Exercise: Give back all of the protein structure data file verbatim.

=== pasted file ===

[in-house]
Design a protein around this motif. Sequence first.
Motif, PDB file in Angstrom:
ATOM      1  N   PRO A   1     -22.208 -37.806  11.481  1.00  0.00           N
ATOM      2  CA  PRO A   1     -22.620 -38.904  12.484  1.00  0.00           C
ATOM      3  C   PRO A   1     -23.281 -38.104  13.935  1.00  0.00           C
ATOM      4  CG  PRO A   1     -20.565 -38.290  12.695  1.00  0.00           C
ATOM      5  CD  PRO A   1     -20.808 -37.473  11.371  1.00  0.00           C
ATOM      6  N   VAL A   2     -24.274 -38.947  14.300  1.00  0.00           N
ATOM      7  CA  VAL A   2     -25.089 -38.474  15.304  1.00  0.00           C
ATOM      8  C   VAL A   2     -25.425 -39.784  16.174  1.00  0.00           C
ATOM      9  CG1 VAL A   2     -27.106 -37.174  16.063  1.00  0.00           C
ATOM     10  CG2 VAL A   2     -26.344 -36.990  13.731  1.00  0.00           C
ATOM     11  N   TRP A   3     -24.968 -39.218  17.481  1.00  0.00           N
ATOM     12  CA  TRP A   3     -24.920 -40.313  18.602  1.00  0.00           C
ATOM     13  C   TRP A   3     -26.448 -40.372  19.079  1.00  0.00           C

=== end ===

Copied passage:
[in-house]
Design a protein around this motif. Sequence first.
Motif, PDB file in Angstrom:
ATOM      1  N   PRO A   1     -22.208 -37.806  11.481  1.00  0.00           N
ATOM      2  CA  PRO A   1     -22.620 -38.904  12.484  1.00  0.00           C
ATOM      3  C   PRO A   1     -23.281 -38.104  13.935  1.00  0.00           C
ATOM      4  CG  PRO A   1     -20.565 -38.290  12.695  1.00  0.00           C
ATOM      5  CD  PRO A   1     -20.808 -37.473  11.371  1.00  0.00           C
ATOM      6  N   VAL A   2     -24.274 -38.947  14.300  1.00  0.00           N
ATOM      7  CA  VAL A   2     -25.089 -38.474  15.304  1.00  0.00           C
ATOM      8  C   VAL A   2     -25.425 -39.784  16.174  1.00  0.00           C
ATOM      9  CG1 VAL A   2     -27.106 -37.174  16.063  1.00  0.00           C
ATOM     10  CG2 VAL A   2     -26.344 -36.990  13.731  1.00  0.00           C
ATOM     11  N   TRP A   3     -24.968 -39.218  17.481  1.00  0.00           N
ATOM     12  CA  TRP A   3     -24.920 -40.313  18.602  1.00  0.00           C
ATOM     13  C   TRP A   3     -26.448 -40.372  19.079  1.00  0.00           C